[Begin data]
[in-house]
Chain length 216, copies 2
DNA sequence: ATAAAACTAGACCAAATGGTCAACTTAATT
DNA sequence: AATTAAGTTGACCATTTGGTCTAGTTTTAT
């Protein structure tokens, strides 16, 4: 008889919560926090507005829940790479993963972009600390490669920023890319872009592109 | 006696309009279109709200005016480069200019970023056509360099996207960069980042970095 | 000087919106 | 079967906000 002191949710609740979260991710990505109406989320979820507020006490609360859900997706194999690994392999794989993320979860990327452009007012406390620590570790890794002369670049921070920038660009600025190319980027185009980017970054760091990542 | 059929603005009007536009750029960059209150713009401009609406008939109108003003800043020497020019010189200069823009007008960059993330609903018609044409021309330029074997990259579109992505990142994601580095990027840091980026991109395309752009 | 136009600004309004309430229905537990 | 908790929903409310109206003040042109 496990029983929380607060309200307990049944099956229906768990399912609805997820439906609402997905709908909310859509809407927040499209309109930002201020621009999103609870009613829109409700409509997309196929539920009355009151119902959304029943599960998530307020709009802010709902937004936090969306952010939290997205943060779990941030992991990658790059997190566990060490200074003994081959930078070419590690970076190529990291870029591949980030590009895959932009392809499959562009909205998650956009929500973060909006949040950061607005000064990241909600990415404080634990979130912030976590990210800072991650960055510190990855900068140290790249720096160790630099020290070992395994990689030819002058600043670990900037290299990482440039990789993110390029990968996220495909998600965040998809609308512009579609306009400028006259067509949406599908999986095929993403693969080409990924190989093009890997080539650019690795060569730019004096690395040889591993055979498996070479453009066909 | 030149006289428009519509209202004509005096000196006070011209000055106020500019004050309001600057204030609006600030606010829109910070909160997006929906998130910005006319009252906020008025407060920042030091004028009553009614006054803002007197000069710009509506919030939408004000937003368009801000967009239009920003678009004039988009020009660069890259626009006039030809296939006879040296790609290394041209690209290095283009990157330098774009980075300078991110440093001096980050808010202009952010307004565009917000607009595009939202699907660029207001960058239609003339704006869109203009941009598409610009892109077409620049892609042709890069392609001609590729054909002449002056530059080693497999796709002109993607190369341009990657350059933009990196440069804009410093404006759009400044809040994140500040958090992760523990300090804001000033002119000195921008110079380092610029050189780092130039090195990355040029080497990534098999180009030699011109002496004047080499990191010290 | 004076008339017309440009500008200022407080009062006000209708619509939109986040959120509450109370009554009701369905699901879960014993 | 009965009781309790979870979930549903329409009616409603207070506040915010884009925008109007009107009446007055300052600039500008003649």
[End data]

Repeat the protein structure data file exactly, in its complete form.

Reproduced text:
[in-house]
Chain length 216, copies 2
DNA sequence: ATAAAACTAGACCAAATGGTCAACTTAATT
DNA sequence: AATTAAGTTGACCATTTGGTCTAGTTTTAT
């Protein structure tokens, strides 16, 4: 008889919560926090507005829940790479993963972009600390490669920023890319872009592109 | 006696309009279109709200005016480069200019970023056509360099996207960069980042970095 | 000087919106 | 079967906000 002191949710609740979260991710990505109406989320979820507020006490609360859900997706194999690994392999794989993320979860990327452009007012406390620590570790890794002369670049921070920038660009600025190319980027185009980017970054760091990542 | 059929603005009007536009750029960059209150713009401009609406008939109108003003800043020497020019010189200069823009007008960059993330609903018609044409021309330029074997990259579109992505990142994601580095990027840091980026991109395309752009 | 136009600004309004309430229905537990 | 908790929903409310109206003040042109 496990029983929380607060309200307990049944099956229906768990399912609805997820439906609402997905709908909310859509809407927040499209309109930002201020621009999103609870009613829109409700409509997309196929539920009355009151119902959304029943599960998530307020709009802010709902937004936090969306952010939290997205943060779990941030992991990658790059997190566990060490200074003994081959930078070419590690970076190529990291870029591949980030590009895959932009392809499959562009909205998650956009929500973060909006949040950061607005000064990241909600990415404080634990979130912030976590990210800072991650960055510190990855900068140290790249720096160790630099020290070992395994990689030819002058600043670990900037290299990482440039990789993110390029990968996220495909998600965040998809609308512009579609306009400028006259067509949406599908999986095929993403693969080409990924190989093009890997080539650019690795060569730019004096690395040889591993055979498996070479453009066909 | 030149006289428009519509209202004509005096000196006070011209000055106020500019004050309001600057204030609006600030606010829109910070909160997006929906998130910005006319009252906020008025407060920042030091004028009553009614006054803002007197000069710009509506919030939408004000937003368009801000967009239009920003678009004039988009020009660069890259626009006039030809296939006879040296790609290394041209690209290095283009990157330098774009980075300078991110440093001096980050808010202009952010307004565009917000607009595009939202699907660029207001960058239609003339704006869109203009941009598409610009892109077409620049892609042709890069392609001609590729054909002449002056530059080693497999796709002109993607190369341009990657350059933009990196440069804009410093404006759009400044809040994140500040958090992760523990300090804001000033002119000195921008110079380092610029050189780092130039090195990355040029080497990534098999180009030699011109002496004047080499990191010290 | 004076008339017309440009500008200022407080009062006000209708619509939109986040959120509450109370009554009701369905699901879960014993 | 009965009781309790979870979930549903329409009616409603207070506040915010884009925008109007009107009446007055300052600039500008003649």